Job hunting is fun – said no one ever. Trying to find a job is a job. A full-time position in resume crafting, cover letter tailoring, interview prepping, interview clothes finding (I can’t remember the last time I wore anything nicer than jeans, so it’s a full on treasure hunt to the ends of my drawers) … and that’s after you find one you’re qualified for. Investigating all the Internet hiding spots of open positions is it’s own adventure. Between job sites, company career pages, recruiters, freelance profiles, Craigslist propositions, etc. there’s a lot of “options”. Or so they want you to believe. On second thought, I would say it’s probably not safe to take a multi-million dollar a week salary doing basically nothing for someone you’ve never before interacted with out in the middle of South Dakota from a Craigslist proposition.
PSA Recap: Craigslist may not be a viable place to find a job. One less thing to stress about, then! You’re welcome. That, unfortunately doesn’t do much to diminish the stress from all the legit sites out there. Let’s break down the various ways one can find a job to apply for, and hopefully, get paid for. The original job hunt where you spend time searching all the different variations that one specific job could have as a title and attempt to filter through the results. Filtering by location, experience level, salary, company, etc. Filters for everything that still, somehow, return 10’s of thousands of results. What? I thought that was the point of filtering? To narrow down the list I had to go through? To, you know, make it easier for me to become employed? And contribute to society? And be an “adult”? Clearly, I’ve been confused about the point of a filter, or the ones on job sites simply don’t work.
If sifting through endless postings, most of which seem to be very outdated, isn’t your jam, lucky you! Recruiters will certainly be in touch once you turn on your ‘I’m available!’ button online. It’s a lot like online dating where they try to win you over and get you to apply for their job (heart) so they can get paid (be happy forever). Similar to online dating, they often present opportunities that are well out of your league. Oh, I see this position is senior level and requires a minimum of 8 years professional experience. I haven’t been out of college that long, but do you think they would take my high school parking attendant position into consideration? Do they even look at your resume before reaching out? Hmm, interesting, this is a position that requires a skill set that I, not only have zero experience in, but up until today have not even heard about, so are they looking for a student? Because that’s what I would be … a very expensive student. Like the college model, but flipped! On second thought, yes, please submit my name.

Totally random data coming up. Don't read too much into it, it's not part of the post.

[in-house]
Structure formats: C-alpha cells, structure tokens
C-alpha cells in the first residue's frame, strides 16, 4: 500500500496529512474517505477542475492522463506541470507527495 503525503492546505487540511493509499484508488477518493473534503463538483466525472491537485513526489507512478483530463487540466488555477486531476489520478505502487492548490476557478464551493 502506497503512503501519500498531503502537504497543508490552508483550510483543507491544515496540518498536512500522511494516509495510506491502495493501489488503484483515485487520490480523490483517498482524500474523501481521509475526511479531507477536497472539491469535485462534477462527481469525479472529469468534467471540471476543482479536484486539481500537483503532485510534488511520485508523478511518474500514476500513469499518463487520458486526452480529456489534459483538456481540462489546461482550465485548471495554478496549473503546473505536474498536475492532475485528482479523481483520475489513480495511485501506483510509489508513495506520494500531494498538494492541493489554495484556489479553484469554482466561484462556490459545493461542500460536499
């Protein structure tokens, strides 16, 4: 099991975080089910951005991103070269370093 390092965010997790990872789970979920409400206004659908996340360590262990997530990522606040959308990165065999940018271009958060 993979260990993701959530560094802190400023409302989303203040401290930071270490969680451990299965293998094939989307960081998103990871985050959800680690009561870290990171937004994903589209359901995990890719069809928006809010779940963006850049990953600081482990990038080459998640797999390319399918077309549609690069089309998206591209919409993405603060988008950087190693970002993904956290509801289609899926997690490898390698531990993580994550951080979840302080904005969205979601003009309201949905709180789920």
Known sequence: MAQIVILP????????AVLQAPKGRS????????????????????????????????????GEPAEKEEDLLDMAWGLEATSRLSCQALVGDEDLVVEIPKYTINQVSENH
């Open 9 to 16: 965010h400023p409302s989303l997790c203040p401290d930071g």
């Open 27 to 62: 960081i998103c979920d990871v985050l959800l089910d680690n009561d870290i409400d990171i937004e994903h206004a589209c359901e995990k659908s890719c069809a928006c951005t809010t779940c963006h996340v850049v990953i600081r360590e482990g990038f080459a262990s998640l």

If you’re impatient, and know where you want to work, you can bypass all these middlemen and go straight to the source: the company careers page. At which point you can submit your application right then and there. Assuming your resume is up to date and has every single action key word from the job description somewhere so the automated hiring robot doesn’t fire you immediately. Then your cover letter has to not only repeat the buzzwords, but elaborate on them. Do a little research, find something about the company you can throw in there so they think you really, really want to work for them and them alone. Once again, make sure Hiring Howard the robot doesn’t do a 6 second scan and find nothing of interest to him, thus eliminating all current and future chances of you getting an initial phone screen. All that work for a company to send you an automated ‘thanks, but hard pass’ email.
Basically, job hunting sucks. After you find a listing that contains qualifications you almost fully meet, or 75% meet, or really, in today’s market, 17% meet, and you write your best little novels of your professional experience, maybe, just maybe, you get a phone interview with HR. Or the company’s recruiter. That’s just the tip of the iceberg. Then there’s interviews on interviews on interviews, maybe a skills assessment thrown in for fun, because references or past experience is not enough to vouch for you. Then you finally get an offer and you’re all excited because you won’t be part of the COVID unemployment statistic any longer! Only to find out they want to pay you $10 an hour to checkout groceries at the local supermarket. An excellent use of your college degree, student loan debt, and countless hours gaining “experience” at a big boy job.
Alright, jumping off my pedestal for now. If you know someone who would enjoy this and want to share it with them, that would seriously mean a lot to me. I’m so grateful to all the current readers and subscribers. If you want to get these in your inbox twice weekly don’t forget to subscribe. Thanks for reading!
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